It’s all a little confusing, the more so because, during the period that Wong was planning and making the film, three other Ip Man films were released by other directors, and another has emerged since. What distinguishes this film, as it does all of Wong’s films, is the rich visual style, the sensuous way this director films his protagonists, the intricate editing of the action sequences, and the grim sense of humour. But whether thanks to Wong or Weinstein, the film’s flashback structure doesn’t make comprehension very easy, and the feeling that we’re watching a very abridged version of something more interesting and comprehensive persists.
Leung is, as he has always been, effortlessly charming, and Zhang Ziyi is, once again, an exciting presence whose performance becomes more impressive in the film’s dramatic later stages. Martial arts fans certainly won’t be dis-
September 6-7, 2014
The Grandmaster (Yi dai zong shi) (M) WATCHING the New Zealand horror comedy
I pondered why such a wretchedly ugly and unfunny affair was produced in the first place, and then I was reminded that is was selected to close this year’s Sydney Film Festival, so I can only suppose that somebody thought it was amusing.
It certainly promised more, having been made by Taika Waititi, who directed two charming New Zealand films in recent years, Eagle vs Shark and Boy. But this time Waititi, collaborating both behind and in front of the camera with Jemaine Clement (of Flight of the Conchords fame), has succeeded only in making a sophomoric one-joke clunker about a bunch
The Grandmaster Limited release What We Do in the Shadows (M) Limited release appointed by a sumptuously produced film that deserves to be seen on the big cinema screen, even though the blend of philosophy and physicality doesn’t entirely work. of vampires who share a house in Wellington. Waititi plays Viago, aged 379, Clement is Vladislav (862), and they bicker and squabble like flatmates the world over, being particularly annoyed with Deacon (Jonathan Brugh) who, at 183, is the youngest occupant of the house, and who they feel is not pulling his weight as far as doing the chores is concerned.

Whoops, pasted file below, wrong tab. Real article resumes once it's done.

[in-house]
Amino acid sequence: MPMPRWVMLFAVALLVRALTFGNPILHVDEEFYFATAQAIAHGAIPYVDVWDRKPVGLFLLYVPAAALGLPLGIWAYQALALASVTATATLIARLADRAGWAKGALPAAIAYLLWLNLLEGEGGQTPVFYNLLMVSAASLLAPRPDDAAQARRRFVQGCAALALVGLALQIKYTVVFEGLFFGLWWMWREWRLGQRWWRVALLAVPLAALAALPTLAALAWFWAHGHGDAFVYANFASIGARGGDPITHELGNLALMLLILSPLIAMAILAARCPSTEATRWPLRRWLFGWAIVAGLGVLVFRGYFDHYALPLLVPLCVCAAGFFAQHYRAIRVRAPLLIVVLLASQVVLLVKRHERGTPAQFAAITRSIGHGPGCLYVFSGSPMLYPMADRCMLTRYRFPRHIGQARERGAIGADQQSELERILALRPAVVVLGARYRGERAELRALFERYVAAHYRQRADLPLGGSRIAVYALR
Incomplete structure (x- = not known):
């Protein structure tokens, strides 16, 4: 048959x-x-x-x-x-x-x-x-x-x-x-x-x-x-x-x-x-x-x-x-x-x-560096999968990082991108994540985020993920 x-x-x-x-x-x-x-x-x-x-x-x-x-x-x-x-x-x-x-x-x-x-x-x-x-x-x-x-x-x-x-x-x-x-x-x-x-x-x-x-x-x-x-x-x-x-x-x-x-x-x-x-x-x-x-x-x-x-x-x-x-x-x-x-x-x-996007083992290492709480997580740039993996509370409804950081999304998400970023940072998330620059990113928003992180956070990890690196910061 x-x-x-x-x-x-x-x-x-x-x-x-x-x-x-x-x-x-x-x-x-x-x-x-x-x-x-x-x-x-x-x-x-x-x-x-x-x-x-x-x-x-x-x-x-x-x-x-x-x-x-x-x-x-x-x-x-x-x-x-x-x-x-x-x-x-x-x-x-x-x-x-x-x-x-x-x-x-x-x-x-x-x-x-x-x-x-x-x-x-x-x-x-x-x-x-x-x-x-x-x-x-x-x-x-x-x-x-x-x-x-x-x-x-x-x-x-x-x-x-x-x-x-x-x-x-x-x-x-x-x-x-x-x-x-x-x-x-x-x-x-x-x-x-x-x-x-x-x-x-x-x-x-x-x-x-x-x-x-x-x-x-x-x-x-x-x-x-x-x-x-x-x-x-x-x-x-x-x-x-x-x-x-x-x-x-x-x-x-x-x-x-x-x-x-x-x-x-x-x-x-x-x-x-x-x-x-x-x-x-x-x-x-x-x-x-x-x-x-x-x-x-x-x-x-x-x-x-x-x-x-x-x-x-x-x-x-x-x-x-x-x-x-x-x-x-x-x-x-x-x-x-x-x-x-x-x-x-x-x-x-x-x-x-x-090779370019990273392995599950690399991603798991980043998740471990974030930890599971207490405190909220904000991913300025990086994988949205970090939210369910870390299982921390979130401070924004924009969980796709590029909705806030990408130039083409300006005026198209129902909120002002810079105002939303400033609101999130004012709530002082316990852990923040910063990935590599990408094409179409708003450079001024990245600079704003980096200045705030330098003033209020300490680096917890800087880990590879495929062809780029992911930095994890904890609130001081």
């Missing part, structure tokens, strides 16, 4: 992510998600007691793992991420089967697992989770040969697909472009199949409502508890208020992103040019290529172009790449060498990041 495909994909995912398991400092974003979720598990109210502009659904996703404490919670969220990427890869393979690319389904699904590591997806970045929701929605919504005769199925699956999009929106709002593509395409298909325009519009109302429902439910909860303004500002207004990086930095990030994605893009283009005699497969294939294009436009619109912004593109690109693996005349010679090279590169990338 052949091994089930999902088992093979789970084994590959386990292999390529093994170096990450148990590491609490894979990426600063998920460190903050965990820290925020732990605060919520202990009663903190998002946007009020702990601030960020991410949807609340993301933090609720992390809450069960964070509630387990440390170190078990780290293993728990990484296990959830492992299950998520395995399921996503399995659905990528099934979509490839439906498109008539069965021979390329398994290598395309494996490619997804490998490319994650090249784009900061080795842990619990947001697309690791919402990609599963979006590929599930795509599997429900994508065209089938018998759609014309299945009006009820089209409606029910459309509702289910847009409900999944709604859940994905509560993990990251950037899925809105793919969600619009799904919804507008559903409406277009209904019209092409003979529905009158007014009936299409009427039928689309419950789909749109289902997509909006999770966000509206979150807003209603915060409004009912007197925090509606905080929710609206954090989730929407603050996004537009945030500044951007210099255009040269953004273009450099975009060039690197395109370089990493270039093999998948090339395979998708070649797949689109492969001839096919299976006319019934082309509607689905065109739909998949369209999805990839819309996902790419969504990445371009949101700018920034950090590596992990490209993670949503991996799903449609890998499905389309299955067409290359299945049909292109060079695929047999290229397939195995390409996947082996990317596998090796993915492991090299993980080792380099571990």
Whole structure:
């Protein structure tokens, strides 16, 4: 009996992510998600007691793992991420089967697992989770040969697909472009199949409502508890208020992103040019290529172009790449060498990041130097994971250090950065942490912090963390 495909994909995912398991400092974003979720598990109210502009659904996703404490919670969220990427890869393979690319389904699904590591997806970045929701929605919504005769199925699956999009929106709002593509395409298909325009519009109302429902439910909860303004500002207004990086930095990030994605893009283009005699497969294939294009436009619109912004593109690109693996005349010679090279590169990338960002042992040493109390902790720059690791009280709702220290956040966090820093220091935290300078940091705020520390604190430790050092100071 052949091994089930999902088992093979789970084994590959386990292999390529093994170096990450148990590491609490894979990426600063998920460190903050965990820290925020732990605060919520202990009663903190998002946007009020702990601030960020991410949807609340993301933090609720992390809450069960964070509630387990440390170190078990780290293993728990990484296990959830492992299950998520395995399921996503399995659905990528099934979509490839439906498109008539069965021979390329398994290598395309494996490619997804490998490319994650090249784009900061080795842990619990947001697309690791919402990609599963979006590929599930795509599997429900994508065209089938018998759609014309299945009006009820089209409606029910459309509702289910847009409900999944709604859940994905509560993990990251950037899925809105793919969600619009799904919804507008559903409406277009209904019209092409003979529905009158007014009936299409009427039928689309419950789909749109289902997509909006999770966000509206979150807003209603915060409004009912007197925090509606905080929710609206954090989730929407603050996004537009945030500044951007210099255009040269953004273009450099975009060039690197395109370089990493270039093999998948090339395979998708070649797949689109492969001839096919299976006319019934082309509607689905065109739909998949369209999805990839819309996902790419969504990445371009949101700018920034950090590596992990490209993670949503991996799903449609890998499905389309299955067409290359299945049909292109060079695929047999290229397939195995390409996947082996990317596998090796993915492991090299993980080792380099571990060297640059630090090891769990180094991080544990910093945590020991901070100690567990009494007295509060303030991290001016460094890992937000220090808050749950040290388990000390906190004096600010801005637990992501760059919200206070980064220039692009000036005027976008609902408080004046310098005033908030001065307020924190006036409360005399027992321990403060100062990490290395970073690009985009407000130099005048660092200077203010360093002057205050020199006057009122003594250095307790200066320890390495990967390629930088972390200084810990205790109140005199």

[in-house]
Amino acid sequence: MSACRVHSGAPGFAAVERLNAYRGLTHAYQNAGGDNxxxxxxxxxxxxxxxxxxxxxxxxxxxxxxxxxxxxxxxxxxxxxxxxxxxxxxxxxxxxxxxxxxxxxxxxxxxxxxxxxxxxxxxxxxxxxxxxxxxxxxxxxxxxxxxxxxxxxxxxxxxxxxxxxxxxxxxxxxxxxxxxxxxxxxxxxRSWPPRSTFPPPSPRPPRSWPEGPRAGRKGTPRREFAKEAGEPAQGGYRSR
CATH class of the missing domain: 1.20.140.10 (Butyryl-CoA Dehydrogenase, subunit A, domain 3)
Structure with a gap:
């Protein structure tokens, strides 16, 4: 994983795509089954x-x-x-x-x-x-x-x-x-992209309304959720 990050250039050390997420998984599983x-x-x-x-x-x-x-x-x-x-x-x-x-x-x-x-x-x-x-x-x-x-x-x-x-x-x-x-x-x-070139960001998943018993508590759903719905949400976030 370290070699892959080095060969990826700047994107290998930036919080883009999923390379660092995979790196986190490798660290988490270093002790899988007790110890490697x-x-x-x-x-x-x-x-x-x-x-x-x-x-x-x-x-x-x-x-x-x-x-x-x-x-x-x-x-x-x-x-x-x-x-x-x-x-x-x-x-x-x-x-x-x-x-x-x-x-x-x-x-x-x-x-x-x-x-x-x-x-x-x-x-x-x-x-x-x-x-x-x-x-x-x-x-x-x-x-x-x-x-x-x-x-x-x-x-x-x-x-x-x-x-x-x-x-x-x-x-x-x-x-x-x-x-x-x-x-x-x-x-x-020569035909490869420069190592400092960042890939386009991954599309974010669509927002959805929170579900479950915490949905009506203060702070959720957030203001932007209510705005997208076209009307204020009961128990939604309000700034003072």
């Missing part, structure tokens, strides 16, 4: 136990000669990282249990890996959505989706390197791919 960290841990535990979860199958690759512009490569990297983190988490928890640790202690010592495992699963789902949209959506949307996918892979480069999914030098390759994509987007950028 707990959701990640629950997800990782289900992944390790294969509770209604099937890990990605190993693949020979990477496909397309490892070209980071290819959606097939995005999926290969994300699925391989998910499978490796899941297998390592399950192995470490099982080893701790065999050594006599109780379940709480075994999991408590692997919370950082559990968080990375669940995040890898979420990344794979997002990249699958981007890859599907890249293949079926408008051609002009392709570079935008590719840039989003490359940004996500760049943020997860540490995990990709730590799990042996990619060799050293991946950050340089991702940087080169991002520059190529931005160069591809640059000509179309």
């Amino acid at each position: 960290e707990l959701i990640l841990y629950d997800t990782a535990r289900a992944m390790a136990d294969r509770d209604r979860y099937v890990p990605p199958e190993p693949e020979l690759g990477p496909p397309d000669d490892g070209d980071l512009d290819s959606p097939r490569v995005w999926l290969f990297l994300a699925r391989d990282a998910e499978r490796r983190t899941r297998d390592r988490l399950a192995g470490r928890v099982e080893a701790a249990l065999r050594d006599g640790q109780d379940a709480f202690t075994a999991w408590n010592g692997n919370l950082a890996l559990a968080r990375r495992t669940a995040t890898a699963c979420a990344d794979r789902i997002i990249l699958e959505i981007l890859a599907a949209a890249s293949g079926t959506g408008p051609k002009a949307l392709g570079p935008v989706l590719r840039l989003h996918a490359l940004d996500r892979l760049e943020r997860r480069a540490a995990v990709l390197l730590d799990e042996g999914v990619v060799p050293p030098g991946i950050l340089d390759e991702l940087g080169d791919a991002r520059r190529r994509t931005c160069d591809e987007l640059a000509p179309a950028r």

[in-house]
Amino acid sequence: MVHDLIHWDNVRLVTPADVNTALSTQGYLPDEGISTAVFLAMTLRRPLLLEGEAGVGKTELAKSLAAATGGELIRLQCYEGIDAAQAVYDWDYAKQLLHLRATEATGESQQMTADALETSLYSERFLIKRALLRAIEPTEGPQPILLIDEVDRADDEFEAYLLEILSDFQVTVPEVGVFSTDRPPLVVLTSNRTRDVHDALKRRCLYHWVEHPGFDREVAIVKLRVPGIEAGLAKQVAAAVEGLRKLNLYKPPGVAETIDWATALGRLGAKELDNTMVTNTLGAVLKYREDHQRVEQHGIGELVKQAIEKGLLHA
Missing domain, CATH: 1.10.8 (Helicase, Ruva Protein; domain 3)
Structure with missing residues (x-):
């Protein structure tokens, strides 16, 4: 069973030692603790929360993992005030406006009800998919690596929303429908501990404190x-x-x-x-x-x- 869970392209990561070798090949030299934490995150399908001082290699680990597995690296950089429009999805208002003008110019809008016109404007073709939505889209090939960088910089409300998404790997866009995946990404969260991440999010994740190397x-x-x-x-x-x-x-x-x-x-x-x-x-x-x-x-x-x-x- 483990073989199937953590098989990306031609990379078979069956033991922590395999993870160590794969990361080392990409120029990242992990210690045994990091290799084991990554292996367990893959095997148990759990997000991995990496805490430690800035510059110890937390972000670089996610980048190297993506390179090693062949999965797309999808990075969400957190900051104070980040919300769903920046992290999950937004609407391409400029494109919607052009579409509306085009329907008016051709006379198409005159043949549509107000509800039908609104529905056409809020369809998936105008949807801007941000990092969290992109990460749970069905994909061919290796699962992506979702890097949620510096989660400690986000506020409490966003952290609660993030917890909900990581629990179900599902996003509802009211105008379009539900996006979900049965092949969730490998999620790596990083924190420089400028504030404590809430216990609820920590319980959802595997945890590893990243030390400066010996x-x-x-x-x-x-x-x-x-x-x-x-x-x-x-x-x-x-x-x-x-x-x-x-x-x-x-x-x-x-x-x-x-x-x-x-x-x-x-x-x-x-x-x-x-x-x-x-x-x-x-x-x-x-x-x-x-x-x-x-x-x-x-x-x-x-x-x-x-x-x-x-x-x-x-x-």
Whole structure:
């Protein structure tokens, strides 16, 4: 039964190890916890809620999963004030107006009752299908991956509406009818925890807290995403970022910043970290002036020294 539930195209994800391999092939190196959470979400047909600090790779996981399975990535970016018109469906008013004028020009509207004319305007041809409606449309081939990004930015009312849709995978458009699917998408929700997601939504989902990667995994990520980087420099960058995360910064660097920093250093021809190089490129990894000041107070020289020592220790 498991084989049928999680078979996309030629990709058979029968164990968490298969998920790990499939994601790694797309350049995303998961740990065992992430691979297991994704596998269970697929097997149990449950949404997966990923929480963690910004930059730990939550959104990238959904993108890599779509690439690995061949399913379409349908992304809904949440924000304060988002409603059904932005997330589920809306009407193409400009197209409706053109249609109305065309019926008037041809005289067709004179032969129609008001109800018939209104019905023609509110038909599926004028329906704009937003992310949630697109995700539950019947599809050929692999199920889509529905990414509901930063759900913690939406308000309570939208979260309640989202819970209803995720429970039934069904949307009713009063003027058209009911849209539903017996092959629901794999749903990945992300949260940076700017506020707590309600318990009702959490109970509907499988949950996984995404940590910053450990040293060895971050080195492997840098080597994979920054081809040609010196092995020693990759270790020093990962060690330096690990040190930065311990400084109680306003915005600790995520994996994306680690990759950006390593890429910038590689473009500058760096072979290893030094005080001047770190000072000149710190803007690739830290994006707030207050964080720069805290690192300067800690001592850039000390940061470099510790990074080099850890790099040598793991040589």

The film, scripted (if that’s the appropriate word) by its directors, is virtually plotless. We’re introduced to Jackie (Jackie van Beek), a human who works as a slave for the undead because she has been promised eternal life, and Nick (Cori Gonzalez-Macuer), a young human who gets bitten and is keen to celebrate his new status as a bloodsucker.
What for want of a better word we can call the climax of the film takes place during a masquerade ball in which Wellington’s monsters congregate for an evening of stultifying dullness. Along the way there are a couple of inept police officers and a gang of pathetically unthreatening werewolves.
The only element of this sad and impoverished film that works in any way at all is the character of the aged Petyr (Ben Fransham), an 8000-year-old vampire whose make-up and manner are modelled on that of Max Schreck, who memorably played Nosferatu in German director FW Murnau’s 1922 film of the same name. Fransham looks genuinely scary and the brief scenes in which he appears show what might have been.
Tony Leung Chiu-wai as Ip Man in Wong Kar-wai’s magnum opus
Kiwi bloodsucker yarn